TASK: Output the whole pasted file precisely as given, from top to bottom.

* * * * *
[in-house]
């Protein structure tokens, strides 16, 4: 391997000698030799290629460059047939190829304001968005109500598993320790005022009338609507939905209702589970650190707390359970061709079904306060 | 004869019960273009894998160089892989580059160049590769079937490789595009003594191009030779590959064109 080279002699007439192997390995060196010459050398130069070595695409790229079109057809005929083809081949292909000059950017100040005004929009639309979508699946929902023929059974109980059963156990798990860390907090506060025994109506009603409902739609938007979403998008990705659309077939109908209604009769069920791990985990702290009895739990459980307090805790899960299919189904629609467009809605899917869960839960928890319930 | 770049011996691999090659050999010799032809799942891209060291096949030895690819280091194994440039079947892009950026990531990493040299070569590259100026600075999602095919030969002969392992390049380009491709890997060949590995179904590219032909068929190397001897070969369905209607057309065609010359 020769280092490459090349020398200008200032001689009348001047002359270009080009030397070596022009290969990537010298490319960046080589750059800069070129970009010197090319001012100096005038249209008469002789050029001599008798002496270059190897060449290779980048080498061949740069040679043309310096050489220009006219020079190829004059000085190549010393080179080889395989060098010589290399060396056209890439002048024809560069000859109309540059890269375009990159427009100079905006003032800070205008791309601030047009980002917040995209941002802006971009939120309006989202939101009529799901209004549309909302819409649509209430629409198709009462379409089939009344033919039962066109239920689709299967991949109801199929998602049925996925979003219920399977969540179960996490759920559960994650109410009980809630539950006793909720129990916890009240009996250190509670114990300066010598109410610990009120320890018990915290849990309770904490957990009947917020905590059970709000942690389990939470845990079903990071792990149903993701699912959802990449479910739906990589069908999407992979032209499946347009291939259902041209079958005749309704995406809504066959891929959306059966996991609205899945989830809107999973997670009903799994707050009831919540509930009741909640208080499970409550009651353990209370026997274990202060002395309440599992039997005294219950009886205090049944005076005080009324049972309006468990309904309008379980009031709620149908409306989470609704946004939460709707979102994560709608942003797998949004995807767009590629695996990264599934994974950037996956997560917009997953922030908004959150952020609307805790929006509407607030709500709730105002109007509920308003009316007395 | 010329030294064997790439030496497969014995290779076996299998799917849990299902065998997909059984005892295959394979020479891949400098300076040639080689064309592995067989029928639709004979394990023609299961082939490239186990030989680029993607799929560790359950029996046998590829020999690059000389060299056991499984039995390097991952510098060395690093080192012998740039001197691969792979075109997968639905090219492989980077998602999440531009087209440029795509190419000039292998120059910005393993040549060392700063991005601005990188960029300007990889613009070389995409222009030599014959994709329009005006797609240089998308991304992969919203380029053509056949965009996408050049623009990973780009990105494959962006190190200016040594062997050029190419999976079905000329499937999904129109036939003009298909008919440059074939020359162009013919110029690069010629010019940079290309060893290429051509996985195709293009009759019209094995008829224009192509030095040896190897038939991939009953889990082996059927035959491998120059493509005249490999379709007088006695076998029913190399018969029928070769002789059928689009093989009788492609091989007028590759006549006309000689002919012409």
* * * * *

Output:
[in-house]
């Protein structure tokens, strides 16, 4: 391997000698030799290629460059047939190829304001968005109500598993320790005022009338609507939905209702589970650190707390359970061709079904306060 | 004869019960273009894998160089892989580059160049590769079937490789595009003594191009030779590959064109 080279002699007439192997390995060196010459050398130069070595695409790229079109057809005929083809081949292909000059950017100040005004929009639309979508699946929902023929059974109980059963156990798990860390907090506060025994109506009603409902739609938007979403998008990705659309077939109908209604009769069920791990985990702290009895739990459980307090805790899960299919189904629609467009809605899917869960839960928890319930 | 770049011996691999090659050999010799032809799942891209060291096949030895690819280091194994440039079947892009950026990531990493040299070569590259100026600075999602095919030969002969392992390049380009491709890997060949590995179904590219032909068929190397001897070969369905209607057309065609010359 020769280092490459090349020398200008200032001689009348001047002359270009080009030397070596022009290969990537010298490319960046080589750059800069070129970009010197090319001012100096005038249209008469002789050029001599008798002496270059190897060449290779980048080498061949740069040679043309310096050489220009006219020079190829004059000085190549010393080179080889395989060098010589290399060396056209890439002048024809560069000859109309540059890269375009990159427009100079905006003032800070205008791309601030047009980002917040995209941002802006971009939120309006989202939101009529799901209004549309909302819409649509209430629409198709009462379409089939009344033919039962066109239920689709299967991949109801199929998602049925996925979003219920399977969540179960996490759920559960994650109410009980809630539950006793909720129990916890009240009996250190509670114990300066010598109410610990009120320890018990915290849990309770904490957990009947917020905590059970709000942690389990939470845990079903990071792990149903993701699912959802990449479910739906990589069908999407992979032209499946347009291939259902041209079958005749309704995406809504066959891929959306059966996991609205899945989830809107999973997670009903799994707050009831919540509930009741909640208080499970409550009651353990209370026997274990202060002395309440599992039997005294219950009886205090049944005076005080009324049972309006468990309904309008379980009031709620149908409306989470609704946004939460709707979102994560709608942003797998949004995807767009590629695996990264599934994974950037996956997560917009997953922030908004959150952020609307805790929006509407607030709500709730105002109007509920308003009316007395 | 010329030294064997790439030496497969014995290779076996299998799917849990299902065998997909059984005892295959394979020479891949400098300076040639080689064309592995067989029928639709004979394990023609299961082939490239186990030989680029993607799929560790359950029996046998590829020999690059000389060299056991499984039995390097991952510098060395690093080192012998740039001197691969792979075109997968639905090219492989980077998602999440531009087209440029795509190419000039292998120059910005393993040549060392700063991005601005990188960029300007990889613009070389995409222009030599014959994709329009005006797609240089998308991304992969919203380029053509056949965009996408050049623009990973780009990105494959962006190190200016040594062997050029190419999976079905000329499937999904129109036939003009298909008919440059074939020359162009013919110029690069010629010019940079290309060893290429051509996985195709293009009759019209094995008829224009192509030095040896190897038939991939009953889990082996059927035959491998120059493509005249490999379709007088006695076998029913190399018969029928070769002789059928689009093989009788492609091989007028590759006549006309000689002919012409």